How to Prepare for a Neck Lift Surgery

Getting a neck lift can have a lot of benefits. However, it involves a lot more than just showing up for your procedure. Before showing up for your neck lift in Reston, your doctor will suggest that you prepare. The following tips may help you get ready for the procedure.

Two Weeks Before Surgery

If you are under medication, you may need to stop taking it about two weeks before your surgery. Speak with your surgeon, and they will let you know if your medication is safe. They will suggest that you avoid blood-thinning drugs such as aspirin and Coumadin.

Stop smoking at least two weeks before surgery. If you continue to smoke, your recovery time will be delayed significantly. If you have a smoking addiction, consider getting help before the surgery. You have to avoid smoking two weeks after surgery as well.

Before your surgery, pay attention to your diet. Eat a balanced diet and increase your consumption of protein. It is essential for healing after your surgery. Ideally, you should strive to eat 0.4 grams of protein for every pound of your body weight.

A Day Before Your Surgery

On the day before your neck lift surgery, you should start preparing for the recovery process. Ensure that you will be comfortable and that you have help getting from the hospital. You should have the following:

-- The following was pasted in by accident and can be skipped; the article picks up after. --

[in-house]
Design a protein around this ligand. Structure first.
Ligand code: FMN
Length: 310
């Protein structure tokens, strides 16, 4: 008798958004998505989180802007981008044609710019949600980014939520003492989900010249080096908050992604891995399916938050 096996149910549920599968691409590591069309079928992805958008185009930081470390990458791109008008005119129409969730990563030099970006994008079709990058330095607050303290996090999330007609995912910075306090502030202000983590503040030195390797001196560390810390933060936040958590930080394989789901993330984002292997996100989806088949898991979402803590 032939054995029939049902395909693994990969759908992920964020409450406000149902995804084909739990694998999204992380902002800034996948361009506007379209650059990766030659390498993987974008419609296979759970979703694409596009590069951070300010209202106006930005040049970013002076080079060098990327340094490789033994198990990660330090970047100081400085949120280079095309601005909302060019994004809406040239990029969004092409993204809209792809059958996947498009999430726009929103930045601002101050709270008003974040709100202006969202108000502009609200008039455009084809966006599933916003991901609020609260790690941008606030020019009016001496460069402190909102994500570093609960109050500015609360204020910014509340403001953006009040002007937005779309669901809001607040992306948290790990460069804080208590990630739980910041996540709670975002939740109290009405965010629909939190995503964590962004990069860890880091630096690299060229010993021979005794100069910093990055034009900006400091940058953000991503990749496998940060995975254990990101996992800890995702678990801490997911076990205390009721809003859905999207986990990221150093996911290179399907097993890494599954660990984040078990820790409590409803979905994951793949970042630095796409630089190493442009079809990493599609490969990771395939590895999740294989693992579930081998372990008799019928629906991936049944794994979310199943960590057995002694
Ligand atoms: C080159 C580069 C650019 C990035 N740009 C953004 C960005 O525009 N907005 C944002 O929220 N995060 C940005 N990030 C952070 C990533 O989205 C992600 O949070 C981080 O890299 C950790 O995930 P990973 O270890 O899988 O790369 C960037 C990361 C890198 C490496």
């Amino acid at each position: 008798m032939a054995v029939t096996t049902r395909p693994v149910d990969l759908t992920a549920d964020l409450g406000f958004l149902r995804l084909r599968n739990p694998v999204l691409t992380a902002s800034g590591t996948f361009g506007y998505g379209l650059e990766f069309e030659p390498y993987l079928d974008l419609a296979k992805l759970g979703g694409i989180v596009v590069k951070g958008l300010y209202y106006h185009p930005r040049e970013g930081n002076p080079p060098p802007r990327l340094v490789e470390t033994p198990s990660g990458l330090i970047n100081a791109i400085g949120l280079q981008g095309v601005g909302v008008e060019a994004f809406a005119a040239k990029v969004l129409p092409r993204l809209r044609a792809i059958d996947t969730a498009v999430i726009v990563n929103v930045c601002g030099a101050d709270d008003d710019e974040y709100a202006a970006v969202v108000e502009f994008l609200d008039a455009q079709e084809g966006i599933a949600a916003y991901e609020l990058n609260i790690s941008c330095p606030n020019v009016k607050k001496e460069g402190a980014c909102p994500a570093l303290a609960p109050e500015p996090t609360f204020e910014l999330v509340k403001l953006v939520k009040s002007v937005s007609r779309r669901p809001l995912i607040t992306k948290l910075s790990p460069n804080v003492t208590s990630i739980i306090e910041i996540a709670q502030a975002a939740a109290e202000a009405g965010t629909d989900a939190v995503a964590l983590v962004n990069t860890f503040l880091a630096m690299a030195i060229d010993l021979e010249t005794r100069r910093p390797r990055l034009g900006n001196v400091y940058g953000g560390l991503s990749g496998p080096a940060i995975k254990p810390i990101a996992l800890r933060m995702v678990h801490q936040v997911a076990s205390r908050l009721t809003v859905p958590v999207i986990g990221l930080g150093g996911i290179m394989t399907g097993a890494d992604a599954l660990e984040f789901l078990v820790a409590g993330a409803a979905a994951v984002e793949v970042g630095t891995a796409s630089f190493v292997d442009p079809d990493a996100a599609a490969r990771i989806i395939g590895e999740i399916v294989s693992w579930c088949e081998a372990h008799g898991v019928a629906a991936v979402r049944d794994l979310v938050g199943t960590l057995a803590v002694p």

• Ice packs and petroleum jelly to ease the swelling and bruising
  • Soft foods that you can chew with minimal effort
  • Antibacterial ointment for your incision sites
  • A thermometer
  • Towels and soft pillows
  • Comfortable clothing and shoes
  • Avoid eating the night before your surgery. Eating past midnight increases your risk of nausea and anesthesia reaction.
  • Ensure that you have a friend or relative to drive you from the hospital. They should stay with you for 24 hours.
  • Get enough sleep the night before your surgery. Having enough rest will keep you feeling refreshed during surgery.

The Recovery Process

Once the anesthesia has worn off, your surgeon will discharge you. If your caregiver has any questions, they can ask before you leave the hospital. They will give you a pain medication prescription. Fill it before you leave the surgical clinic.

It is okay to experience some pain and discomfort. However, it should not be extreme. If you experience too much pain, speak with your doctor about it. You should also seek their help if you experience the following symptoms:

  • Fever that does not go away
  • Signs of an allergic reaction such as a rash, wheezing, or trouble breathing
  • White pus from the incision site
  • Excessive or bleeding that won’t stop

Under normal circumstances, you can go back to work within I4 days. However, you should avoid strenuous activities up to 21 days. The bruising and swelling improves over time. Excessive physical activity affects your surgical incisions and slows down the recovery process.

If you have any questions about your recovery or the things you need to do during the recovery process, speak to your surgeon and get the answers you need.

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